Digoo DG-C12 Smart WIFI Weather Station
- Retro Design
- Alarm Clock
- Weather Data
- Would not link to my network
- No Troubleshooting in manual
- Poor Email Assistance
The DIGOO DG-C12 Weather station promised excitement but suffered from connectivity issues.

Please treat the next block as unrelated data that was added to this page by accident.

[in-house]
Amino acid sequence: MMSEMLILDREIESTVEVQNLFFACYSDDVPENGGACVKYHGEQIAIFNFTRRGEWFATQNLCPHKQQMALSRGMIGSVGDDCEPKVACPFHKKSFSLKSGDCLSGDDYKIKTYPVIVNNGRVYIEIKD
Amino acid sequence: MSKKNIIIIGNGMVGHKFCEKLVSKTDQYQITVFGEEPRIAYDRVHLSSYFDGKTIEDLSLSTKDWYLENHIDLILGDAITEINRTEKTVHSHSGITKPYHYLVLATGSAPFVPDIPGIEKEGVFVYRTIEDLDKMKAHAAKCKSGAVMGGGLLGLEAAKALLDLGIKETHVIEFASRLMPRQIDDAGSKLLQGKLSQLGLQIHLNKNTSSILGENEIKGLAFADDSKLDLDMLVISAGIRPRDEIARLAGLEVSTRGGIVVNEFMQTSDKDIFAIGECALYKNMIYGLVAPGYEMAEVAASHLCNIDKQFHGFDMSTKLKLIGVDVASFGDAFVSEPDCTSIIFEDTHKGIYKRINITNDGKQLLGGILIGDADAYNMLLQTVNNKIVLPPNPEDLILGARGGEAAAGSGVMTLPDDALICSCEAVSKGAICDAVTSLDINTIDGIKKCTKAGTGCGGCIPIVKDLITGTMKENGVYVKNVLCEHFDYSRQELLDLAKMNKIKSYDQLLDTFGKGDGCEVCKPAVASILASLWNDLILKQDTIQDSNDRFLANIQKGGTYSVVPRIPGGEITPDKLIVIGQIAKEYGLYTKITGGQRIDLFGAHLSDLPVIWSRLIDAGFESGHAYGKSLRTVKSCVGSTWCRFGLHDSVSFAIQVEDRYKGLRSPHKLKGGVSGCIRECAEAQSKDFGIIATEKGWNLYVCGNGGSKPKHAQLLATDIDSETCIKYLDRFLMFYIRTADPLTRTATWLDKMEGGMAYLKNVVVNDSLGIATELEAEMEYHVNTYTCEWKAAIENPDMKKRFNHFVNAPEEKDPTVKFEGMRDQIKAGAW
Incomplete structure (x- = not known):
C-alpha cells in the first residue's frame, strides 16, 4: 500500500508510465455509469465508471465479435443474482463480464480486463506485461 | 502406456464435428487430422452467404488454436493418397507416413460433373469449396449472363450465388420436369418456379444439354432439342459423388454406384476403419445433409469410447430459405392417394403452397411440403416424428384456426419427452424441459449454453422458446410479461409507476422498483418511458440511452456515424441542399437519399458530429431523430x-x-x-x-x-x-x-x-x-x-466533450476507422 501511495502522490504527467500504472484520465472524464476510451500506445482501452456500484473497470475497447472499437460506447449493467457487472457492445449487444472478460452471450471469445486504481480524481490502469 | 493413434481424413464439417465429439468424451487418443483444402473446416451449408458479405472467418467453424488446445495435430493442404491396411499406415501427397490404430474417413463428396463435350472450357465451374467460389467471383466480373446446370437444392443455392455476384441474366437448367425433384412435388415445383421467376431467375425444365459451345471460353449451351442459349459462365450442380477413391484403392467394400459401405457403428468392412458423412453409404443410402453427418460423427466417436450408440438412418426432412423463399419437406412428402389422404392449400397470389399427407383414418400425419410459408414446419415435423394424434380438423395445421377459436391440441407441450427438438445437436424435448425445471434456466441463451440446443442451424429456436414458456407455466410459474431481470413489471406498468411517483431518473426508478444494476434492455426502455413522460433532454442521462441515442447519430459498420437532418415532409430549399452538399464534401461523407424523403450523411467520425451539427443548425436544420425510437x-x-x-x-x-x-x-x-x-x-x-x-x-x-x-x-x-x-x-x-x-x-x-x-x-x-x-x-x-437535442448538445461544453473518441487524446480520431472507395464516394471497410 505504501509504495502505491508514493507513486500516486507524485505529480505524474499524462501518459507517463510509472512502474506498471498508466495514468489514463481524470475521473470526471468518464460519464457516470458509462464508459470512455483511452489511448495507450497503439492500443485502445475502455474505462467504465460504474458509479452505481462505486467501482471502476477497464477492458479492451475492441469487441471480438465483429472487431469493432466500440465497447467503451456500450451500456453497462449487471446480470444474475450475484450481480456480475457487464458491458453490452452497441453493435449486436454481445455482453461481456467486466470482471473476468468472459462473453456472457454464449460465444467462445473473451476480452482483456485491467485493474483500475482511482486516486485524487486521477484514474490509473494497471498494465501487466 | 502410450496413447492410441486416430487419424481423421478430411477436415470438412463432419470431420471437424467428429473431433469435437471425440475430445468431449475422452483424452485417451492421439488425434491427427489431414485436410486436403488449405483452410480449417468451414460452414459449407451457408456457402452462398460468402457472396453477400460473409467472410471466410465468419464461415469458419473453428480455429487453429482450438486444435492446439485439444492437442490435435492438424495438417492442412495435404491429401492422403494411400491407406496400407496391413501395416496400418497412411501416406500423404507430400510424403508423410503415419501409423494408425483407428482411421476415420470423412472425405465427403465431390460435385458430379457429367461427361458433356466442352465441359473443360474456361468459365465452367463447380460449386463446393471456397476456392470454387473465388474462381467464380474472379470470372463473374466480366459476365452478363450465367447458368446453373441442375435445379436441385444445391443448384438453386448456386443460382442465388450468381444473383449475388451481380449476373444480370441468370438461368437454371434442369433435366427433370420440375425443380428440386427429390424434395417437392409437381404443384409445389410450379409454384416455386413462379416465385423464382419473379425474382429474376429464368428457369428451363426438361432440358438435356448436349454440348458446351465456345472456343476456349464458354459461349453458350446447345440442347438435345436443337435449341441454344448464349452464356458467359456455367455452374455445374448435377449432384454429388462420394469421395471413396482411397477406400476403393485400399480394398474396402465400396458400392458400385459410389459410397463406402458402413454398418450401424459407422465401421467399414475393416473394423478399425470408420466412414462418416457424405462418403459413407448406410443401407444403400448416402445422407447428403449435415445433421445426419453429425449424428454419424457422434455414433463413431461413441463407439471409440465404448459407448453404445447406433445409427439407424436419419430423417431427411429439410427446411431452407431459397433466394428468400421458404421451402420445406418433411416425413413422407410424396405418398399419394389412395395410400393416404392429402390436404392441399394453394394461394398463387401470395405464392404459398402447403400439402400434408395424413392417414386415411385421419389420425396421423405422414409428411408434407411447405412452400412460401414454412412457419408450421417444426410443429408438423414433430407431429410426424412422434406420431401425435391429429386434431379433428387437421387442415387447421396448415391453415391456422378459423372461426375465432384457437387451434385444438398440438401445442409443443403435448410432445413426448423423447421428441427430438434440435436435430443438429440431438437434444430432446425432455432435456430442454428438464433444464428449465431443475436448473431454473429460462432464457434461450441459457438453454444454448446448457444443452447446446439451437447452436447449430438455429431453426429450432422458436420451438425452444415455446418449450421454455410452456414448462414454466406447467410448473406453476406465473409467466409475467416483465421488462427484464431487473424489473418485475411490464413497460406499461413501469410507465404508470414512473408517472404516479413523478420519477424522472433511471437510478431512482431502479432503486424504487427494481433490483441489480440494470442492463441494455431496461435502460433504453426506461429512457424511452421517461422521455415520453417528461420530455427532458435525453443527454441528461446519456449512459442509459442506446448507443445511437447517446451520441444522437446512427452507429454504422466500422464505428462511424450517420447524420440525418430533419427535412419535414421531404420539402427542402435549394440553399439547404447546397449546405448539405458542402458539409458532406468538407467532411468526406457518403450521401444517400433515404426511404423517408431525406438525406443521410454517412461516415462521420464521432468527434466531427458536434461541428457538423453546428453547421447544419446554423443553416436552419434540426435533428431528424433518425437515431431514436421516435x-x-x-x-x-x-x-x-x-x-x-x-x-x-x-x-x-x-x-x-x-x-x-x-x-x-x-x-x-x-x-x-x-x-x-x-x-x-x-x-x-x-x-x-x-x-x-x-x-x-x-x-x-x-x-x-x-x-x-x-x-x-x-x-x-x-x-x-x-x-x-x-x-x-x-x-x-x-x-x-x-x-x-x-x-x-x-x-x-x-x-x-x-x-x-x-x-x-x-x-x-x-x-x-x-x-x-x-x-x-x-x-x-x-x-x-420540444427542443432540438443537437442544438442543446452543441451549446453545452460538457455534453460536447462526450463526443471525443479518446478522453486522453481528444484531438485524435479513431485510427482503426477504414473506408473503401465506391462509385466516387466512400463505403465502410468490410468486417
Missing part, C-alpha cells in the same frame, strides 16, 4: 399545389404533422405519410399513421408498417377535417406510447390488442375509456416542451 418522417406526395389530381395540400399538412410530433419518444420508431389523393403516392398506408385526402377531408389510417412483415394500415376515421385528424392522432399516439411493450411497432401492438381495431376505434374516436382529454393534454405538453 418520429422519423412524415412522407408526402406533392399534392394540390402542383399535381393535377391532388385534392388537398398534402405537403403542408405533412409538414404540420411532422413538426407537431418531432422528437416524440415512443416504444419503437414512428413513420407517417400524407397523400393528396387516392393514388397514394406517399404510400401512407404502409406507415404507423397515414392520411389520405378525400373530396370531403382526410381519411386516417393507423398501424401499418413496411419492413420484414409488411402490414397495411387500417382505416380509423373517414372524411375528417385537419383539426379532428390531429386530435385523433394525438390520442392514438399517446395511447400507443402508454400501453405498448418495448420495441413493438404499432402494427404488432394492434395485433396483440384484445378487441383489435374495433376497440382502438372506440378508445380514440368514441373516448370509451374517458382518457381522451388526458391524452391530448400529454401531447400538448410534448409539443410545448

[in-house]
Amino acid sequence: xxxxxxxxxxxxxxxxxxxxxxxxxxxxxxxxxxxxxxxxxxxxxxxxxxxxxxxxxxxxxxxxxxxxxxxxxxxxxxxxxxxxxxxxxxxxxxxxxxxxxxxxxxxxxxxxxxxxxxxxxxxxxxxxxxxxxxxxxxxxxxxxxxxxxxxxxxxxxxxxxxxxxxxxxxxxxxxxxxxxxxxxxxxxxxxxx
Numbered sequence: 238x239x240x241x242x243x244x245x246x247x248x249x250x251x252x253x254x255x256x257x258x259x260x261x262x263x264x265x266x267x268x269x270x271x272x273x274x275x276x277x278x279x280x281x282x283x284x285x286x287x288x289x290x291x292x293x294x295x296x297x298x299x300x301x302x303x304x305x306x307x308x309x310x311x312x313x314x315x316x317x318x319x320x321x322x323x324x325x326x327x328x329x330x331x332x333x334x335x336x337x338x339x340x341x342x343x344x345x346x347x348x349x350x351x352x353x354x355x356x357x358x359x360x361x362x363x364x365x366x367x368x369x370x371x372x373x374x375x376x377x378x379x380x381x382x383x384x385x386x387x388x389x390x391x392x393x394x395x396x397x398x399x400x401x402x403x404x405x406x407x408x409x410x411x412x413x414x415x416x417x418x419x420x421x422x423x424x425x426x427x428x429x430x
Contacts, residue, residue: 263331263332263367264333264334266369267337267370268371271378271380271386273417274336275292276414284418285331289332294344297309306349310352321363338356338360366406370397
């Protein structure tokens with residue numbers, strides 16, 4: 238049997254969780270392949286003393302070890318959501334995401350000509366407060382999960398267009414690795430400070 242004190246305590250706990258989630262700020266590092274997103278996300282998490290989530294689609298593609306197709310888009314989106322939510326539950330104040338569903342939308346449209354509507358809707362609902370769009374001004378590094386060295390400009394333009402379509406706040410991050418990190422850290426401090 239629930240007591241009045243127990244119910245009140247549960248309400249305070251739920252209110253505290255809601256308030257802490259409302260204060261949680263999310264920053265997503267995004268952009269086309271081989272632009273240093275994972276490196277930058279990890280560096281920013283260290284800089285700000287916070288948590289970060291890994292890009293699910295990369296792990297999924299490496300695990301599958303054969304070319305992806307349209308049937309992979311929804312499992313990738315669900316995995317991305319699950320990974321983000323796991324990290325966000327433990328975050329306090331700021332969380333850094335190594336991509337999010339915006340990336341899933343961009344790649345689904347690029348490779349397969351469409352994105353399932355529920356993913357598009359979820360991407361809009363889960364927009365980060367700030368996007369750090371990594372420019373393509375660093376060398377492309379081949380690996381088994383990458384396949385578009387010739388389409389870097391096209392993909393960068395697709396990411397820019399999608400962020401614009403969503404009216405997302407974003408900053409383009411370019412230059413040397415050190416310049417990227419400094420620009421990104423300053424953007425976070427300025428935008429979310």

If you navigated to this page hoping to find drama about a 74-year-old song, I will only partially disappoint you. The modern take is simply inaccurate and does not represent the meaning of the song. If evaluated based on the culture of 1944, people would be shocked at the progressive and pro-women nature of the song. Put plainly, this is simply ridiculous and not worth the tongue service. Not afraid to capitalize upon a little press, let me segue into the reason for this post, a discussion about the DIGOO weather station. The DIGOO DG-C12 Smart WIFI Weather Station arrived in a 9 inches wide by 5 1/2 inches tall by 2 5/8 inches thick retail package. The cover, adorned with a 5 1/4 inches long by 2 3/4 inches tall black box with LED screen, captured my attention. The image of the DIGOO weather device portrayed the indoor and outdoor temp, humidity, low/high temperature, the date and time. The right side of the box detailed two QR codes and the left side provided a large product UPC label. The top panel provided the DIGOO title/logo, while the bottom panel was devoid of writing. The back of the box demonstrated a smaller image of the device from the cover, with five descriptive icons: Lage LED display, Built-In calendar, Simple interface, WiFI Weather forecast function, Indoor temp and humidity function.